I saw him most mornings when I looked out of the living room window. He became part of my day. Slightly bent, he dragged one leg a little, the foot twisted so that he walked more on the side of his foot than the sole. I guessed he was in his eighties. He wore only a flannel shirt. When I could see his breath against the air on a frosty morning, I wondered if he was cold.
While working in the garden one morning, I saw the old man smile and tousle the hair of a small boy who passed by him on his way into school.
"It's now or never," I decided, emboldened to cross the street and introduce myself.
His pale blue eyes enlivened and his face wrinkled in another smile. This time for me. "My wife and I are from Switzerland. We came first to Canada and then to America, many years ago," he told me. "We work very hard. In time we save enough buy our own farm. I do not speak English so good, so I pick up children's first readers and secretly I study until I learn," he laughed. He gazed toward the elementary school beyond the wire fence, and his face grew solemn. "We never had any children."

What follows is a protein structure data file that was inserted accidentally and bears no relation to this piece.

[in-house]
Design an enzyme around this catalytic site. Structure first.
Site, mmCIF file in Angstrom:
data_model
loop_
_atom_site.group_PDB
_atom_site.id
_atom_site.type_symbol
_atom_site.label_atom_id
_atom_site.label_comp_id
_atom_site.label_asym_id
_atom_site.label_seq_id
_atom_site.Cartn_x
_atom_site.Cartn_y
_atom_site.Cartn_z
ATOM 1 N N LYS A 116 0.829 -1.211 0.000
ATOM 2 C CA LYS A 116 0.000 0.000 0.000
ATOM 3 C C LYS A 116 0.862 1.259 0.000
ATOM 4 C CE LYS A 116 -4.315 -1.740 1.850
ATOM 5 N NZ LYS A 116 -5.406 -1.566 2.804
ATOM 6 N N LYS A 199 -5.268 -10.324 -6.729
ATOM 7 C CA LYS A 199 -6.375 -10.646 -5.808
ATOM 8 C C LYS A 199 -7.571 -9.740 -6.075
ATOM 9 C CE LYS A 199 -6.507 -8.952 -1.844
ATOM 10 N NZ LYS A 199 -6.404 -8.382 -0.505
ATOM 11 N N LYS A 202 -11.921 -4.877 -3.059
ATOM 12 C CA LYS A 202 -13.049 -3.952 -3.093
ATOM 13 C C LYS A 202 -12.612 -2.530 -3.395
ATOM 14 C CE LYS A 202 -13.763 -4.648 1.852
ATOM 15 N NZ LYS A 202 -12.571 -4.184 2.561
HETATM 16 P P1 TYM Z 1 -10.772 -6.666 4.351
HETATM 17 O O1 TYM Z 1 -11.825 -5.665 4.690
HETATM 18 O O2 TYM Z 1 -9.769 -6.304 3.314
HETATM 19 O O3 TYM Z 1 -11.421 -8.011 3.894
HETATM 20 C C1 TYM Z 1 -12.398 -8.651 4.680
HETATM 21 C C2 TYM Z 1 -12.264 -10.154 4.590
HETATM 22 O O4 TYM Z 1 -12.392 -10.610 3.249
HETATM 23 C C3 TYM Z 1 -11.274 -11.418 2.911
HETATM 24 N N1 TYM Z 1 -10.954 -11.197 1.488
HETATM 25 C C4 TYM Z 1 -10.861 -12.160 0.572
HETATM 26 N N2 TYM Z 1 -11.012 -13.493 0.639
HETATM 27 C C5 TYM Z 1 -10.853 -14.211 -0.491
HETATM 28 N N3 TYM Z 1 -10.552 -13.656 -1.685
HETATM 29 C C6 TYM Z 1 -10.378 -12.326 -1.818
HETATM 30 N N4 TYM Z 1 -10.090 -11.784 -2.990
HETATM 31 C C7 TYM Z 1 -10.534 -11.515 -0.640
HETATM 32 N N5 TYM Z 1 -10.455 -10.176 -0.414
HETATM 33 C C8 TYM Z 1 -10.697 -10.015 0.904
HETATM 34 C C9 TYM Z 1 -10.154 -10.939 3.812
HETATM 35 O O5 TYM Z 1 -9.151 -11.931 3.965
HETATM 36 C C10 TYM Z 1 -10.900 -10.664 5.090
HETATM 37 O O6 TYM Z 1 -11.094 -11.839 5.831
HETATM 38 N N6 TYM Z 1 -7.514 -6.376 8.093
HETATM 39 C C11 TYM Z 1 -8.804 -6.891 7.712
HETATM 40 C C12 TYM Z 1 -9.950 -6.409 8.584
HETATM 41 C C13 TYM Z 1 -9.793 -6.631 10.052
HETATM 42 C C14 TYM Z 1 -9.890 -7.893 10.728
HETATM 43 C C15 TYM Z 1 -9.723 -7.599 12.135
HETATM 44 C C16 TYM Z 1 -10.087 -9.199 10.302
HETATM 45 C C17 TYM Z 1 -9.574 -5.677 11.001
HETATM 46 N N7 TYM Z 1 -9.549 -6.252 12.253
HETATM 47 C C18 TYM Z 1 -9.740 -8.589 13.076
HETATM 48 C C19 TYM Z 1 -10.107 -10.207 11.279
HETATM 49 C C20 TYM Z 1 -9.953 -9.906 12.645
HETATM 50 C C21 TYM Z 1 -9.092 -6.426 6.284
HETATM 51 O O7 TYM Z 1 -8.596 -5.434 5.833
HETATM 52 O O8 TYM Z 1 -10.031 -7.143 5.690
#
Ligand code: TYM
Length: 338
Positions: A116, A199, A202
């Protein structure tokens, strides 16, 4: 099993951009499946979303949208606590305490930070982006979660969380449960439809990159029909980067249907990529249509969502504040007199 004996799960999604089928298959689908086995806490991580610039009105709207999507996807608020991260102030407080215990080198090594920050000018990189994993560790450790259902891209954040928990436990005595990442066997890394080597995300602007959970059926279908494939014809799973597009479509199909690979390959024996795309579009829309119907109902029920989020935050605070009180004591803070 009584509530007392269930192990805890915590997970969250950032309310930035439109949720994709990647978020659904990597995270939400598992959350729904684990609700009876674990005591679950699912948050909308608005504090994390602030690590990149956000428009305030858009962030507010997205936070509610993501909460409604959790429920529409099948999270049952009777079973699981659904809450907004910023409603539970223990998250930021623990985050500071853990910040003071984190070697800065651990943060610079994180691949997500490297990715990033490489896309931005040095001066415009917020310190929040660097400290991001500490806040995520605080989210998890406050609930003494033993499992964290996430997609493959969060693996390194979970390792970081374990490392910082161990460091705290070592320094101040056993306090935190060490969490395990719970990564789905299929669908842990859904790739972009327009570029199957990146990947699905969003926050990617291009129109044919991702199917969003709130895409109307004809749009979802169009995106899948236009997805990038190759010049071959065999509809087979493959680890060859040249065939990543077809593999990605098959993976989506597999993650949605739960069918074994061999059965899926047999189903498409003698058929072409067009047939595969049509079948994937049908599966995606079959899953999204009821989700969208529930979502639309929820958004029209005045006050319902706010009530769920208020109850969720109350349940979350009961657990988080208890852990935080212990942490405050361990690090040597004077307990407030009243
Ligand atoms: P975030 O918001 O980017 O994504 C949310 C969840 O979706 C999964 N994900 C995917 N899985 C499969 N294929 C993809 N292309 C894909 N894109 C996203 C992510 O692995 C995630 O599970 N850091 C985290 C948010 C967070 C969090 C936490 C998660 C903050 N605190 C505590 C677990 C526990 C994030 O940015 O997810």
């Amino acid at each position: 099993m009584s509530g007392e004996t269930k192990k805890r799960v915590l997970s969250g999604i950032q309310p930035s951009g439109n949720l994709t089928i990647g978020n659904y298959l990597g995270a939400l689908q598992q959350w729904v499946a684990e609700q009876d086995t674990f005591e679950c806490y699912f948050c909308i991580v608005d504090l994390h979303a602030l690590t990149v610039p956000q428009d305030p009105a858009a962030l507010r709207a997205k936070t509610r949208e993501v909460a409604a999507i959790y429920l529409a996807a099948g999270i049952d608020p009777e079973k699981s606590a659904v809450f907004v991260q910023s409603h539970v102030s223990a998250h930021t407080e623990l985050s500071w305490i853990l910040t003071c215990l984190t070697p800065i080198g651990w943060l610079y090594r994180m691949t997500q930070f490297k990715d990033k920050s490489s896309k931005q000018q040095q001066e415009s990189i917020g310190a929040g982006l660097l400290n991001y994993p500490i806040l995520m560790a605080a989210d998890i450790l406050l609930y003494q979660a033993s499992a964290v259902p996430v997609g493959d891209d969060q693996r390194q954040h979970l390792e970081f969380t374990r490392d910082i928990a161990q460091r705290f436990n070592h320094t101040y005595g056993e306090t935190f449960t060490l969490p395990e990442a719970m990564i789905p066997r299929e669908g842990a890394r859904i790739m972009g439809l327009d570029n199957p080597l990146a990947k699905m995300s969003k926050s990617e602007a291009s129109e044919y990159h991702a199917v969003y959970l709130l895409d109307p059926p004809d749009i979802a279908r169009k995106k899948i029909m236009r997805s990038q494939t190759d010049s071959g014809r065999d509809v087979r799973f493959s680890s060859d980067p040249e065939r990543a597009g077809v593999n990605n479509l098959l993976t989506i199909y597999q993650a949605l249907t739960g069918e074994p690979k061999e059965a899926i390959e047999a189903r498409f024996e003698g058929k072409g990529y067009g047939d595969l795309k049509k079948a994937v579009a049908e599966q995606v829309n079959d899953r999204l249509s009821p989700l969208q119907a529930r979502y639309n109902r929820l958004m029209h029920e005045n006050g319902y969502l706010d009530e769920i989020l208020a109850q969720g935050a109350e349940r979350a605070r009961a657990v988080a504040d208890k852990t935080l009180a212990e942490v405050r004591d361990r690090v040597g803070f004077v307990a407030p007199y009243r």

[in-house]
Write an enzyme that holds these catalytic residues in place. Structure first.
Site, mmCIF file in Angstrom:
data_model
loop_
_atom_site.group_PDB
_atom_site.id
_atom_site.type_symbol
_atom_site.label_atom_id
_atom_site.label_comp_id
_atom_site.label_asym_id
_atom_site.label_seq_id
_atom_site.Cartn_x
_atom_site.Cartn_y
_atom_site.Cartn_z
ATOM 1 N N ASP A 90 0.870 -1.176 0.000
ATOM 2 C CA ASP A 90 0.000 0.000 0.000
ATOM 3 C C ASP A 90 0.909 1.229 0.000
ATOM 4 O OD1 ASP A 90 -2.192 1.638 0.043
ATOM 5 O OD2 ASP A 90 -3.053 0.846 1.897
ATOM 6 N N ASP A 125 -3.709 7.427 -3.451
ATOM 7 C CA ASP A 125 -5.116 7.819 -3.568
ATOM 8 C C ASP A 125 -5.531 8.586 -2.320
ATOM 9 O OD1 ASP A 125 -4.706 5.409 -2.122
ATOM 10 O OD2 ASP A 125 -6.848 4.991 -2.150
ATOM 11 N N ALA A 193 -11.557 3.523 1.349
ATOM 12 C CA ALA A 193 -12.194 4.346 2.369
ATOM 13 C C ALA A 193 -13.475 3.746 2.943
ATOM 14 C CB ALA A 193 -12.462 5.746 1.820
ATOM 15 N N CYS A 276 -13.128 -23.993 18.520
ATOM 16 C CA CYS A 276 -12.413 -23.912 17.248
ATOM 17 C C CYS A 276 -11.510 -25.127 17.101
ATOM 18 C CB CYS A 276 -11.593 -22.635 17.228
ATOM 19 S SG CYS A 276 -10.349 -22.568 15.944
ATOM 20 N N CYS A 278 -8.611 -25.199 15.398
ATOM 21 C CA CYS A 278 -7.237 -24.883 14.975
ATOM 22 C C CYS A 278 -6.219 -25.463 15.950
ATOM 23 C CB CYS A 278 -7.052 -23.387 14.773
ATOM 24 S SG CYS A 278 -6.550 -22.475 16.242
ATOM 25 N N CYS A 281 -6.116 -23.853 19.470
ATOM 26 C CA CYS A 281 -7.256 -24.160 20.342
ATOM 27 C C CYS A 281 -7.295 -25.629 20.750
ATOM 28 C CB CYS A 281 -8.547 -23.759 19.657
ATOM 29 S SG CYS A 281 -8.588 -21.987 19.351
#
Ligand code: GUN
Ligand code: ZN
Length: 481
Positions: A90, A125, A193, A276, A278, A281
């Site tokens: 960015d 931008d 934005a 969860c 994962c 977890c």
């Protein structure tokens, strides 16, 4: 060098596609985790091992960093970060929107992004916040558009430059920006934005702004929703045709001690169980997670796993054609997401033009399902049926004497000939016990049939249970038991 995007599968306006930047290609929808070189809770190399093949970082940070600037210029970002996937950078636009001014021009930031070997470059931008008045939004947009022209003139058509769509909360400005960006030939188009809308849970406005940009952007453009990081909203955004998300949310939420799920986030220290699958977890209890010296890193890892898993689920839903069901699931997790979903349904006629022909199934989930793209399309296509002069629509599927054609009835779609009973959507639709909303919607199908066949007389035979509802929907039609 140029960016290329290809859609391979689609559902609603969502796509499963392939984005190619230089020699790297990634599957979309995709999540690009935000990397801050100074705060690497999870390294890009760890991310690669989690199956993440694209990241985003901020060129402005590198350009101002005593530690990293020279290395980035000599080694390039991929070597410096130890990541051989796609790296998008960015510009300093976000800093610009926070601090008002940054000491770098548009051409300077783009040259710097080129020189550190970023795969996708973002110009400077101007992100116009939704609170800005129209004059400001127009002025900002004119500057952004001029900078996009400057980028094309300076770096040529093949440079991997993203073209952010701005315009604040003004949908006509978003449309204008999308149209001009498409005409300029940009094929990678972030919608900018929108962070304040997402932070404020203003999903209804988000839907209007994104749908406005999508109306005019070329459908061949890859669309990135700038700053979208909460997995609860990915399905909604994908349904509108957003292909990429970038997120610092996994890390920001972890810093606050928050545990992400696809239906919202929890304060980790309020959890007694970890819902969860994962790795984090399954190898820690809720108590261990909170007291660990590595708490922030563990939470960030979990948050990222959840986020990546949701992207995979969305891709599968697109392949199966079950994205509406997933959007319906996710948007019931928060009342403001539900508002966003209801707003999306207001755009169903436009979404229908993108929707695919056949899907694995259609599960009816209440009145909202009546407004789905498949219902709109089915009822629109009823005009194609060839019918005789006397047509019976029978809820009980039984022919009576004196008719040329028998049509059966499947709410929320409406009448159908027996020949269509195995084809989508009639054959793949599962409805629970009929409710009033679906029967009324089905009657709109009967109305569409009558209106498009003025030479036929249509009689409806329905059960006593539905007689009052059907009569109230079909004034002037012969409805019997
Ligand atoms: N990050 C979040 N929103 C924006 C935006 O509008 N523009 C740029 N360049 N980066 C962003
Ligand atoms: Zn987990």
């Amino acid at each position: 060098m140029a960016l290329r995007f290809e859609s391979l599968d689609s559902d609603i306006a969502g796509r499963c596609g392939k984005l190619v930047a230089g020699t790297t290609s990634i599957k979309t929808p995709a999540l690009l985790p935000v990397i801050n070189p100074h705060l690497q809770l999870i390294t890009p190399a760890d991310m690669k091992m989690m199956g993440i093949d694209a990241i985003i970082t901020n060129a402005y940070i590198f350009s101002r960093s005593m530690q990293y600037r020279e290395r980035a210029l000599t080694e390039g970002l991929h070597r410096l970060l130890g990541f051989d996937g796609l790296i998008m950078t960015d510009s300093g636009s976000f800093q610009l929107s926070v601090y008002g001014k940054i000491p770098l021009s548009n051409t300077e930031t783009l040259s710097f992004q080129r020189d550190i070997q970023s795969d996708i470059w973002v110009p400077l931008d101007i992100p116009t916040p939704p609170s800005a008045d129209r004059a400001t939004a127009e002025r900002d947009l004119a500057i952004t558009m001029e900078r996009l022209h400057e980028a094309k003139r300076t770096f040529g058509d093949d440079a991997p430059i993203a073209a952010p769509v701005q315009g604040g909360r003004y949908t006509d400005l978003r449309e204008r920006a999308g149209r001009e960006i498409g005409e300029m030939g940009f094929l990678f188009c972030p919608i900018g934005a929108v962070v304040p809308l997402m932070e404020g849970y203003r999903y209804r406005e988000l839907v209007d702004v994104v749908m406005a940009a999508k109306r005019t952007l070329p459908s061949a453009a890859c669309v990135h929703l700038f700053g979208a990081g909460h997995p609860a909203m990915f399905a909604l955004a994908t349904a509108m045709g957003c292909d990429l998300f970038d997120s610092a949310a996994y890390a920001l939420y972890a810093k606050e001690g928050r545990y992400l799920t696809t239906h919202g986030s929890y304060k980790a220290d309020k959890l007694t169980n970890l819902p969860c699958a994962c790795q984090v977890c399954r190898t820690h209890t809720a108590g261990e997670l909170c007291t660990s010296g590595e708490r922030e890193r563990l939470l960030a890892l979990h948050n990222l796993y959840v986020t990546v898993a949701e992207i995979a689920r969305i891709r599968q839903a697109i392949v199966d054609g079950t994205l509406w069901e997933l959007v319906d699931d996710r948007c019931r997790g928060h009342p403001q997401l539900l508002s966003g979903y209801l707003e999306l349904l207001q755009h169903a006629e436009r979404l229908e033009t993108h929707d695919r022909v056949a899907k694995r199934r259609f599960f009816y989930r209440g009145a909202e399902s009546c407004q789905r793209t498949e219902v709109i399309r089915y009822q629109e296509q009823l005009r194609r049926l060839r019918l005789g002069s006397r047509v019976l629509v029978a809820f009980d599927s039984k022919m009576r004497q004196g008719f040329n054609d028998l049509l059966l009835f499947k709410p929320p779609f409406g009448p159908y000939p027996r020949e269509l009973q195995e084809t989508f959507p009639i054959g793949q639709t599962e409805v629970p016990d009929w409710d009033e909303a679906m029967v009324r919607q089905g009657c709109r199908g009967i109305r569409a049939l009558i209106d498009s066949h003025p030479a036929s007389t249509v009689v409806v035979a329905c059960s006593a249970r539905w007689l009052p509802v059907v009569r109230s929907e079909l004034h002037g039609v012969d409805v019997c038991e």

I pondered the conversation in the quiet of the day, touched deeply by the loneliness in his voice as he spoke of the few remaining relatives in his native homeland, distanced not only by miles, but by lives worlds apart.